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It was just a question of timing.
I was closely following the "campaign" in Kosovo when I came across this headline in the Kansas City Star.
JUDGE REBUKES SCHOOL BOARD
QUIT POLITICKING HE TELLS MEMBERS
The judge in question is Federal District Court Judge, Dean Whipple. The District he rebuked is Kansas City, Missouri, now in its 22nd year of submission to federal authority. When the District's Board will finally be allowed to "politick"--the very thing such deliberative bodies are elected to do--is anyone's guess. Judge Russell Clark who managed the District before Whipple promised to maintain his unique suzerainty over the District until its test scores climbed above the 50% mark. This will never happen. Even if it could, by Clark's odd logic exactly half the Districts in America would forever deserve Federal occupation.
Since the days of Reconstruction, no political jurisdiction in America has labored under such total Federal dominance as has ours. The weird thing is I do not exaggerate. For not only does Judge Whipple control the School District, he also controls the Kansas City Housing Authority, the Jackson County Jail, and Jackson County Foster Care. Indeed, no American has exercised such absolute administrative sway over a civilian population since General McArthur in post-war Japan. Again, I do not exaggerate.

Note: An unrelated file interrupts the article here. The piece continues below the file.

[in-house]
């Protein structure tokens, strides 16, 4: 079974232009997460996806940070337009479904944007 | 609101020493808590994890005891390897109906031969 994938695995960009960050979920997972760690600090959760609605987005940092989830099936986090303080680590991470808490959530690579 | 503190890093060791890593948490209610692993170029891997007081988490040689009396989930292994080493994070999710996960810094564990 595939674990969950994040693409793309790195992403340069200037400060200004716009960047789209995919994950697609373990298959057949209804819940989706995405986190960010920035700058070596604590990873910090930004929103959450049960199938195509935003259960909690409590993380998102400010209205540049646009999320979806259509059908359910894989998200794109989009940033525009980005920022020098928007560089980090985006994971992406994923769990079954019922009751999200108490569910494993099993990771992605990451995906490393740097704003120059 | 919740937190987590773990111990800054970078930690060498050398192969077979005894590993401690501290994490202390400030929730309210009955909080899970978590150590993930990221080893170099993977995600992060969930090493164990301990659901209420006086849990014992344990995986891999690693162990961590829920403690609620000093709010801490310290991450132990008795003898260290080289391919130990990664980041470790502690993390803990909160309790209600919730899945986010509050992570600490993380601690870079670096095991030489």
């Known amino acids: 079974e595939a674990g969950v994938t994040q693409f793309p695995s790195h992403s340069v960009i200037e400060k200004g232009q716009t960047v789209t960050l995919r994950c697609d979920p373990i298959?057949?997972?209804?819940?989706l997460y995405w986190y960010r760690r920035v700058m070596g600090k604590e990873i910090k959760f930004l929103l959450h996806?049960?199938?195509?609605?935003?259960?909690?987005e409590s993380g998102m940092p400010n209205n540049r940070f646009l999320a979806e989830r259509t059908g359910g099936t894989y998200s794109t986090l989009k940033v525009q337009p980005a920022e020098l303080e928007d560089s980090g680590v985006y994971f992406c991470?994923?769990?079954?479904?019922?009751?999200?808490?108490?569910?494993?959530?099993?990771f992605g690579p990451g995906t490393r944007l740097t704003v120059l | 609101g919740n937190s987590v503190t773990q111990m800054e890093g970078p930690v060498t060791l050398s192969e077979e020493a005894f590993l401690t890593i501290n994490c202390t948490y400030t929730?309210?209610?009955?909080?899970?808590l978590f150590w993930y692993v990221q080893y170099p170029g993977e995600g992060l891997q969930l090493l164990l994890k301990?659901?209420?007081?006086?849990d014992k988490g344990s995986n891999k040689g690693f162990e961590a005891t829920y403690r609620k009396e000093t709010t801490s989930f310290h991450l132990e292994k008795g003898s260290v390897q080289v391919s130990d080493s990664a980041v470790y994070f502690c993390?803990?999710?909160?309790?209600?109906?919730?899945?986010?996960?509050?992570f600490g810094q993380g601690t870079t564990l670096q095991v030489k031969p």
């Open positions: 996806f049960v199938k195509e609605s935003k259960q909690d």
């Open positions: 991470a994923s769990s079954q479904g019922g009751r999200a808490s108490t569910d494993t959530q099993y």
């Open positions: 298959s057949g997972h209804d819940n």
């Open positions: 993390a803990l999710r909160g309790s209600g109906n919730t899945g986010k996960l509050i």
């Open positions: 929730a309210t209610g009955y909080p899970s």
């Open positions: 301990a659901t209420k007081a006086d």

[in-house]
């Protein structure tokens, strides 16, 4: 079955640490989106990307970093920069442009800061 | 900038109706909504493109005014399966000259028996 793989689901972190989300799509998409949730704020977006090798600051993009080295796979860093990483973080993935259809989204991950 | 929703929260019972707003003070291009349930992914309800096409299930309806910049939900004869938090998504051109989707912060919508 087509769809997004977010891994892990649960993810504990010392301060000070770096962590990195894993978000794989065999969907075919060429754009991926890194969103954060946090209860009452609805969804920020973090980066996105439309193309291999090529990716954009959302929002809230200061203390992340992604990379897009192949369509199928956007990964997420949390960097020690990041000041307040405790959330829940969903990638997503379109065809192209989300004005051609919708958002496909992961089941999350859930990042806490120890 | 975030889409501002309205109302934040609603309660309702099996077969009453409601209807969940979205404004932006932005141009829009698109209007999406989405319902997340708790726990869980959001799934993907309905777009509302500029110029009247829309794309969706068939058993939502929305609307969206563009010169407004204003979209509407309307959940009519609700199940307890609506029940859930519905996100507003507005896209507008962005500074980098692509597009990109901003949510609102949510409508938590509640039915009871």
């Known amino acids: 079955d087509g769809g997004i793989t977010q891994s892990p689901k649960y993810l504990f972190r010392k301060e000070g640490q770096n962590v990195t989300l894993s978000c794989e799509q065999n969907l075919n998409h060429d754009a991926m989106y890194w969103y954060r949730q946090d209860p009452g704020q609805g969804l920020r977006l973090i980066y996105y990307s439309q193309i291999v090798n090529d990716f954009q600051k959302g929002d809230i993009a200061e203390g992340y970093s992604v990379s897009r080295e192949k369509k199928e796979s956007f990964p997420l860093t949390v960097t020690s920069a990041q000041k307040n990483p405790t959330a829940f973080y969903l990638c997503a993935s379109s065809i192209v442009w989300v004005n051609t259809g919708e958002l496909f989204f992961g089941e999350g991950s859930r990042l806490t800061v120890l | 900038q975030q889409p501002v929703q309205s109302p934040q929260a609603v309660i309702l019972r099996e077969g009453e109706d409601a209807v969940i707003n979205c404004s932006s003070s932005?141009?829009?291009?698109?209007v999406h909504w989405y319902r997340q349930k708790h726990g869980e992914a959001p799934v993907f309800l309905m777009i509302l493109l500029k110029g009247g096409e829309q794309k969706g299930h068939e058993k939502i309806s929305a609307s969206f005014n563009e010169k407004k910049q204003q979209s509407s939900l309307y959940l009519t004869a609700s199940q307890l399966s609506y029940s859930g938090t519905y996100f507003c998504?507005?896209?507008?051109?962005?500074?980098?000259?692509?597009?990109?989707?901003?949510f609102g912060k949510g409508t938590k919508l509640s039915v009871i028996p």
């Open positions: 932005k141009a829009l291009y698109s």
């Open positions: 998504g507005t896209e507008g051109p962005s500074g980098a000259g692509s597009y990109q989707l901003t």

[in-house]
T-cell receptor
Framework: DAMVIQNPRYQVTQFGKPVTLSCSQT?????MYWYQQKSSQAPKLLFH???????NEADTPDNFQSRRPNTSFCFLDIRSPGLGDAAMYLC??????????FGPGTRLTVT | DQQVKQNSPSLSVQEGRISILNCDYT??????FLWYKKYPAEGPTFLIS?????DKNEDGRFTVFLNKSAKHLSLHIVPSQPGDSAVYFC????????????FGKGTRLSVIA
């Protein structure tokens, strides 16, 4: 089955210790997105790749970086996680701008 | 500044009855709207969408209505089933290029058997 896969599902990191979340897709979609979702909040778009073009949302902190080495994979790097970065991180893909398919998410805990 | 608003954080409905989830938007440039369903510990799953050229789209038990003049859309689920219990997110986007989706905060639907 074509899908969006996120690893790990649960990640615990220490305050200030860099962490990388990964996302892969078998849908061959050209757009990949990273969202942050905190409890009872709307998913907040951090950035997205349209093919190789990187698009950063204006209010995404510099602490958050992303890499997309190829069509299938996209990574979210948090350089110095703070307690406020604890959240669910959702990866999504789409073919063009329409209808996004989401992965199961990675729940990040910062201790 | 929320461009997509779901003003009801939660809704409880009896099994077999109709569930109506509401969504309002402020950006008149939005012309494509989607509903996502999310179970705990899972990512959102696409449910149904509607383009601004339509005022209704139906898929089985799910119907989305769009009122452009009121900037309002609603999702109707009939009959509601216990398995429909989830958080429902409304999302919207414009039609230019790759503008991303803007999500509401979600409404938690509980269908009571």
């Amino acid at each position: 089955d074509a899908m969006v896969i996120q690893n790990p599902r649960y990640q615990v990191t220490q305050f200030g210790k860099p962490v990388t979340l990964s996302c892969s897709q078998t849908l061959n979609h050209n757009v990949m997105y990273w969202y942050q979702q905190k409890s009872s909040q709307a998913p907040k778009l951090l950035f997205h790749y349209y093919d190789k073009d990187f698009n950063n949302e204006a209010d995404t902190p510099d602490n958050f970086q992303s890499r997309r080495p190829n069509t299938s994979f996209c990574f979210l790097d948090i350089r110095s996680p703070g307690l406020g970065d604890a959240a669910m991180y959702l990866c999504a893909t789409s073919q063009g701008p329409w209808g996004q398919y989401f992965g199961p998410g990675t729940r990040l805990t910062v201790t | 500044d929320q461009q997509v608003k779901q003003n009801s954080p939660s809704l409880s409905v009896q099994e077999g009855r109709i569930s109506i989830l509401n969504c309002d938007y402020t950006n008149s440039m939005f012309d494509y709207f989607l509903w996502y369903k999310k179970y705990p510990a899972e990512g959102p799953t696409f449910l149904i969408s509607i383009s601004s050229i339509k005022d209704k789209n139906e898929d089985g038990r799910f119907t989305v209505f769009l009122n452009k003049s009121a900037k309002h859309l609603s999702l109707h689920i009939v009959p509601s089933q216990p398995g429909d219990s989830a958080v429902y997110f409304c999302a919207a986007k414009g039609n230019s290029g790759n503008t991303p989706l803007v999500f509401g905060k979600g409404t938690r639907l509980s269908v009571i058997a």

Alas, I had grown used to this unholy state of affairs. I had learned to live with the fact that a judge could--and did--double my taxes without consulting me or my elected representatives. I had come to accept the fact that I could appeal to no one about our collective lack of autonomy--not my Quisling congresswoman, not my mayor, not even my local daily newspaper. They had all but welcomed this ongoing oppression and the $112 million shrine in downtown Kansas City that commemorated it. To whom could I possibly turn for relief?
Of course. Yes. It dawned on me when I saw that headline. NATO.
According to wire reports, the Kosovar crisis dates back to 1989 when Belgrade "stripped Kosovo of its autonomy and imposed its education curriculum." I don't know much about this curriculum, but my guess is that it was somewhat less burdensome and surely less preposterous than Kansas City's magnet plan.
Secretary of State Madeline Albright recognized "the importance of (the Kosovars') having their own education laws." Thus, at Rambouillet rural America has its own humble version of Zeno’s Paradox. It goes something like this: If a farmer can easily lift a calf the day it’s born and the next day and the day after that, and if he keeps lifting it every day, how is it that on one day, he can’t lift the calf/cow at all?
Russell Gentry Clark never did try this experiment back when he was raising prize-winning baby beef as a farm boy near a place called Myrtle hard by the Arkansas border. Maybe he should have. He might have been a wee bit more skeptical when in the 53rd year of an unexceptional life, the Federal District Court of Western Missouri chose the newly minted Judge to nurture a legal beef that would one day grow into the most corpulent and controversial school desegregation project in the history of America and whose heft, at day’s end, no one would be able to bear.
How this sober, God-fearing gentleman came to invest his professional identity in this case, “the case”--one that critics like Missouri Senator John Ashcroft call a “a testament to tyranny” and even supporters like Federal Judge Scott Wright now describe as a “fiasco”--is one of the great, sad, unlikely stories of our time.
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